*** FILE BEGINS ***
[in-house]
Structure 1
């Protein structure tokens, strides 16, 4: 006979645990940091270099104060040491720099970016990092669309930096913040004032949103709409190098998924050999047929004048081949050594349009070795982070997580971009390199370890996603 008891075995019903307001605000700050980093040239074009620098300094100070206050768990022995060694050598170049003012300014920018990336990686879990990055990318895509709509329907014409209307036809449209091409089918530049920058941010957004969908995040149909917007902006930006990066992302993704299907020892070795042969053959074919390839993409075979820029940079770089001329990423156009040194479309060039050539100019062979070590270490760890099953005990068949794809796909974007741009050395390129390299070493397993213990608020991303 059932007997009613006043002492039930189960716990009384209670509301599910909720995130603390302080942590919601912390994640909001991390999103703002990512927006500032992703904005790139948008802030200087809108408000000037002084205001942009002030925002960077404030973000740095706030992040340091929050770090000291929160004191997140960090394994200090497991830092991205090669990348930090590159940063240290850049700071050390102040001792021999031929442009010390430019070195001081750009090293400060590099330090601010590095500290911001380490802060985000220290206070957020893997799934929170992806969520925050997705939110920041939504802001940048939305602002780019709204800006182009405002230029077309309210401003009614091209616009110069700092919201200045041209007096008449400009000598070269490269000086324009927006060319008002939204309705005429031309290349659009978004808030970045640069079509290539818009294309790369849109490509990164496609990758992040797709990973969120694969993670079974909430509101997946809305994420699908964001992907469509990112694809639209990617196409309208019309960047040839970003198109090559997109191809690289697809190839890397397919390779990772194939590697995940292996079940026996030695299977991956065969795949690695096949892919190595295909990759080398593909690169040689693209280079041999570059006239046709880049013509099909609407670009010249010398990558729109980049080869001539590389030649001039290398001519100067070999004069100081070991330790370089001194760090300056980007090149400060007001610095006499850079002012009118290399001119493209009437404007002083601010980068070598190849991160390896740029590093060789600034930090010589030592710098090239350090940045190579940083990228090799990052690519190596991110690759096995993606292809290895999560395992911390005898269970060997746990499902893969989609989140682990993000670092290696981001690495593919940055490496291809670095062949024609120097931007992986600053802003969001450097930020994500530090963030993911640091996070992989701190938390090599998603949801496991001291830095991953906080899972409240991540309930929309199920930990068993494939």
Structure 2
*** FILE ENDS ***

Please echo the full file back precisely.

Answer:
[in-house]
Structure 1
């Protein structure tokens, strides 16, 4: 006979645990940091270099104060040491720099970016990092669309930096913040004032949103709409190098998924050999047929004048081949050594349009070795982070997580971009390199370890996603 008891075995019903307001605000700050980093040239074009620098300094100070206050768990022995060694050598170049003012300014920018990336990686879990990055990318895509709509329907014409209307036809449209091409089918530049920058941010957004969908995040149909917007902006930006990066992302993704299907020892070795042969053959074919390839993409075979820029940079770089001329990423156009040194479309060039050539100019062979070590270490760890099953005990068949794809796909974007741009050395390129390299070493397993213990608020991303 059932007997009613006043002492039930189960716990009384209670509301599910909720995130603390302080942590919601912390994640909001991390999103703002990512927006500032992703904005790139948008802030200087809108408000000037002084205001942009002030925002960077404030973000740095706030992040340091929050770090000291929160004191997140960090394994200090497991830092991205090669990348930090590159940063240290850049700071050390102040001792021999031929442009010390430019070195001081750009090293400060590099330090601010590095500290911001380490802060985000220290206070957020893997799934929170992806969520925050997705939110920041939504802001940048939305602002780019709204800006182009405002230029077309309210401003009614091209616009110069700092919201200045041209007096008449400009000598070269490269000086324009927006060319008002939204309705005429031309290349659009978004808030970045640069079509290539818009294309790369849109490509990164496609990758992040797709990973969120694969993670079974909430509101997946809305994420699908964001992907469509990112694809639209990617196409309208019309960047040839970003198109090559997109191809690289697809190839890397397919390779990772194939590697995940292996079940026996030695299977991956065969795949690695096949892919190595295909990759080398593909690169040689693209280079041999570059006239046709880049013509099909609407670009010249010398990558729109980049080869001539590389030649001039290398001519100067070999004069100081070991330790370089001194760090300056980007090149400060007001610095006499850079002012009118290399001119493209009437404007002083601010980068070598190849991160390896740029590093060789600034930090010589030592710098090239350090940045190579940083990228090799990052690519190596991110690759096995993606292809290895999560395992911390005898269970060997746990499902893969989609989140682990993000670092290696981001690495593919940055490496291809670095062949024609120097931007992986600053802003969001450097930020994500530090963030993911640091996070992989701190938390090599998603949801496991001291830095991953906080899972409240991540309930929309199920930990068993494939």
Structure 2